OFFICIAL SESSION NAME: (3:30pm)
“Reporting Real-Time Engagement and Learning Data Using Sensor Suites”- Robert Christopherson, Arizona State University / Sempre Learning
Thrilling overview of current state of biometrics/psychophysiology.
Gathering massive amounts of data, and processing them in ways to divine trends (and deeper truths than you can get from simple surveys) is the future of evaluation. I’m deeply passionate about incorporating biometrics into the evaluation of our learning exercises.
Robert is not a programmer, more a high level organizer. Starts off by asking if we see fear as much in learning as in gaming [huzzawha? did i miss the point here?].
Talks about education usually being a cycle between frustration and flow/engagement.
Claims he has found that in education: engagement is learning (self improvement) but in games: engagement is fun (losing track of time). Hoping to apply hooks form each side to the other. [I was reminded of this idea, reading a summary of a talk at MIGS about Redefining the role of Challenge in Games
…Mentions verbalization as a measurable.
Q: What does he mean by verbalization and behavior as “externalities”?
A: Talk aloud sessions, or recording things they say by accident.
Talks about what they go through to decide what to develop…
[SIDE NOTE: I need to make an iPhone app, call it “Retention” maybe, based on that old memory assistant program mentioned in wired a few years back (link?). It was designed to brings back items at points in time, testing your retention, and ultimately trying to find your sweet spot for being reminded about things. Maybe better to think of this as a Profiler? Personal Assistant?]
Emband24 shown, which is an EEG from Emsense. They will evaluate your software for you, and offer a robust report.
Points out neurosky is different, focused on concentration more (more common in single sensor headbands he’s seen).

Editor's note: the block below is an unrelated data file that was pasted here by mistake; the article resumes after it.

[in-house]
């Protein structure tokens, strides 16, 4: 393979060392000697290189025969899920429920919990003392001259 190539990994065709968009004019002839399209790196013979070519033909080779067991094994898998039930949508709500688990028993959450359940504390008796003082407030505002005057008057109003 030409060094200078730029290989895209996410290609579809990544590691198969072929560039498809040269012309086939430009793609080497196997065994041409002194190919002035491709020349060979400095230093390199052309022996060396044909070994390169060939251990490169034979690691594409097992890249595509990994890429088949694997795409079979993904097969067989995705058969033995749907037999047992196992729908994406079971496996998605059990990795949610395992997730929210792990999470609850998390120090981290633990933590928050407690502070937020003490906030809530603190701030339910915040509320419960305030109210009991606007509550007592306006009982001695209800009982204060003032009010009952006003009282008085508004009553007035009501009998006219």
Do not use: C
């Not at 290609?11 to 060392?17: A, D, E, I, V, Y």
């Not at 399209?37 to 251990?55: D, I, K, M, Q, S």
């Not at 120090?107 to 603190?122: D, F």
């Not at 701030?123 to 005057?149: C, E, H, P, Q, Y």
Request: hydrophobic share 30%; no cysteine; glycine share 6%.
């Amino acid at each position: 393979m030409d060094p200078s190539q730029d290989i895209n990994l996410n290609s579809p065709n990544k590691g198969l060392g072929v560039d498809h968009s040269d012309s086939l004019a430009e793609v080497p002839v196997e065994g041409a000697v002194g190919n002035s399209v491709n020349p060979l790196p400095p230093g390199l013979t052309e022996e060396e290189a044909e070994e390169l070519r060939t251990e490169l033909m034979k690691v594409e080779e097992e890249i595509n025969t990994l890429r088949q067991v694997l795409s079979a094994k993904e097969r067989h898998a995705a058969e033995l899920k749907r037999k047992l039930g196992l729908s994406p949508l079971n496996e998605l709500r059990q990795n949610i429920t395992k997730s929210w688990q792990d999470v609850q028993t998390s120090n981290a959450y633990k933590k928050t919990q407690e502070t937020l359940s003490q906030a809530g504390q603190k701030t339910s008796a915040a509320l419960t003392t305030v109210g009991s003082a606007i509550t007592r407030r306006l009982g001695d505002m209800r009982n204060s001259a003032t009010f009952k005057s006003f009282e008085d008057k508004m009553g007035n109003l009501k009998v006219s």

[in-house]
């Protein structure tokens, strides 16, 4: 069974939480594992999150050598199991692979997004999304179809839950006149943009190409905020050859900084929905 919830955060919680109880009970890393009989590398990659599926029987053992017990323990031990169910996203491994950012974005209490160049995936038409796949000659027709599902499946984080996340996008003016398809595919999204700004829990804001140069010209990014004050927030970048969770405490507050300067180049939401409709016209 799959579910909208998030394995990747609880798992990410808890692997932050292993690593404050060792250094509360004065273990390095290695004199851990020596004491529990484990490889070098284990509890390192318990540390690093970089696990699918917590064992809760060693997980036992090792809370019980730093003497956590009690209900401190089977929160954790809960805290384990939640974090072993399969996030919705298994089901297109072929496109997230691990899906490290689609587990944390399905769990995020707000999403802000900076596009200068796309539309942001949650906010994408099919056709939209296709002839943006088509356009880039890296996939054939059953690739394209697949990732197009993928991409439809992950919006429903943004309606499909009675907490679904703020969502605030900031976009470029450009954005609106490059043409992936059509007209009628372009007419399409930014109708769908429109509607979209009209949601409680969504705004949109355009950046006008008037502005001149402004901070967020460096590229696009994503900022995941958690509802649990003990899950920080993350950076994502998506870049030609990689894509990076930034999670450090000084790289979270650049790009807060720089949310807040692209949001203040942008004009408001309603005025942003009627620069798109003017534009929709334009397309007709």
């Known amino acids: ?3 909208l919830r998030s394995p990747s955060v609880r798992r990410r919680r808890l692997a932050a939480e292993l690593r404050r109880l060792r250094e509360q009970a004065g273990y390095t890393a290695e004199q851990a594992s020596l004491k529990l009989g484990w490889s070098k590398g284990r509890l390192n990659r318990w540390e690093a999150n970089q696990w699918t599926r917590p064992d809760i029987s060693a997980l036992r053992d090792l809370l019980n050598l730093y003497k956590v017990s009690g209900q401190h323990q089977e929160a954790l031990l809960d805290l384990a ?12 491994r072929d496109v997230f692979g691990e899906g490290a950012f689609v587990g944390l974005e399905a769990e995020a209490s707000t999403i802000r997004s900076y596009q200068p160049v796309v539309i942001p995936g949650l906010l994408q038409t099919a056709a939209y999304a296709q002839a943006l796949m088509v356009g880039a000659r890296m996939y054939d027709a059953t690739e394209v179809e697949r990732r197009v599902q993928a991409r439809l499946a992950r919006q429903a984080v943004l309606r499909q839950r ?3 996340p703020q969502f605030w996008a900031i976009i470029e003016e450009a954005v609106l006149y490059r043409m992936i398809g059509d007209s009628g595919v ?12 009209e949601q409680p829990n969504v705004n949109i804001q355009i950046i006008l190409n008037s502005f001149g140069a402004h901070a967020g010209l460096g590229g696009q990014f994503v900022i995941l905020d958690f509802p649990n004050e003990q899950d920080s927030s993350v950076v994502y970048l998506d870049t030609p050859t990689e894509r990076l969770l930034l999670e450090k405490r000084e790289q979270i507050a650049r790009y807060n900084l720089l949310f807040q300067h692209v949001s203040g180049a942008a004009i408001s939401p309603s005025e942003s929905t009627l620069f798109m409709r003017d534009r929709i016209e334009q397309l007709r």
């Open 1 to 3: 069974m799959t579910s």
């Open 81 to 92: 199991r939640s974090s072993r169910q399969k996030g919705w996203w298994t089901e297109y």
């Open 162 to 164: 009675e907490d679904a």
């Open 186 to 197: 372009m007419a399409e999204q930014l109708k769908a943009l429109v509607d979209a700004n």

Lady in audience mentions using ADM (link?).
He uses emotiv (EPOC, I assume). Talks about data coming from brainwaves more than EEG location. Not sure about sensor data specifics. (he links to more info)
He digs SenseWear for Galvanic Skin Response (GSR). (he links to more info)
Wild divine is $280 for Hw, $5k for sdk. Skin conductivity and pulse. A guy from the company is here at the conference, and (over lunch, an hour earlier) he noted that most GSR devices use velco straps (this would be Corwin Bell with Wild Divine). But everyone has their own tension for straps, and this variation affects results. (…makes me wonder if this is part of why Valve saw such difference in GSR data, which Mike Ambinder mentioned in his GDC talk,
Biofeedback in Gameplay: How Valve Measures Physiology to Enhance Gameplay Experience)
Notes tobii eye tracking. notes importance of pupil tracking specifically. (more info) Same intense lady in the audience notes “Face labs” has something competing (she must mean Seeing Machines’s product.
he claims you need a time frame to calibrate. Like 15 minutes.
Q:What is diff between biometrics, psychophysiology etc? Are standards emerging? How will they?
Q: How do you deal with high percentage of emotive users who don’t see accurate measurements?
Q: How generate their results if not statistical analysis? Peaks and valleys … Gut feeling?
Talks about the problem of mapping eye tracking data back to what was on screen. Classically, people pay grad students to review both. Would prefer it analyzed automatically.
They are experimenting with 3d heat maps within game, to see what people were following. Scientopolis is example game. In unity3d. They have a unity plugin you can plop in. Hoping to make their data available to game developers and researchers in next couple months.
Talks about the way classic measures of Flow tend to disrupt it (by asking, observing).
Educational goals are all about measuring performance, retention, attitude towards learning, and staying on task.
Learning Sciences Research Lab – lsrl.lab.asu.edu
Joy Martinez with University of Central Florida was the lady in audience. She talks about working with “cresst” program at another college (UCLA’s National Center for Research), more focused on Stressful environments. (How does GMU get away with their own Crest program? this confused my googling for some time)
He talks about another group at his university compressing 500 data points per second, down to 3.
Roselin Picard group also does GSR well.
I stayed and talked briefly. Got his card. I asked about terminology, and he said psychophysiology is broad, and usually doesn’t involve one thing (GSR?), while biometrics usually doesn’t involve EEG. (sigh).
I asked about just doing some crappy eye tracking with a simple web cam – you wouldn’t get staccatos at 30 or 60 FPS, but couldn’t it still be useful? He pointed out recent apple patent on gaze tracking to help with page turn (when you reach end of page in an eBook).
COME BACK LATER FOR:
… probably no need to check back on this one actually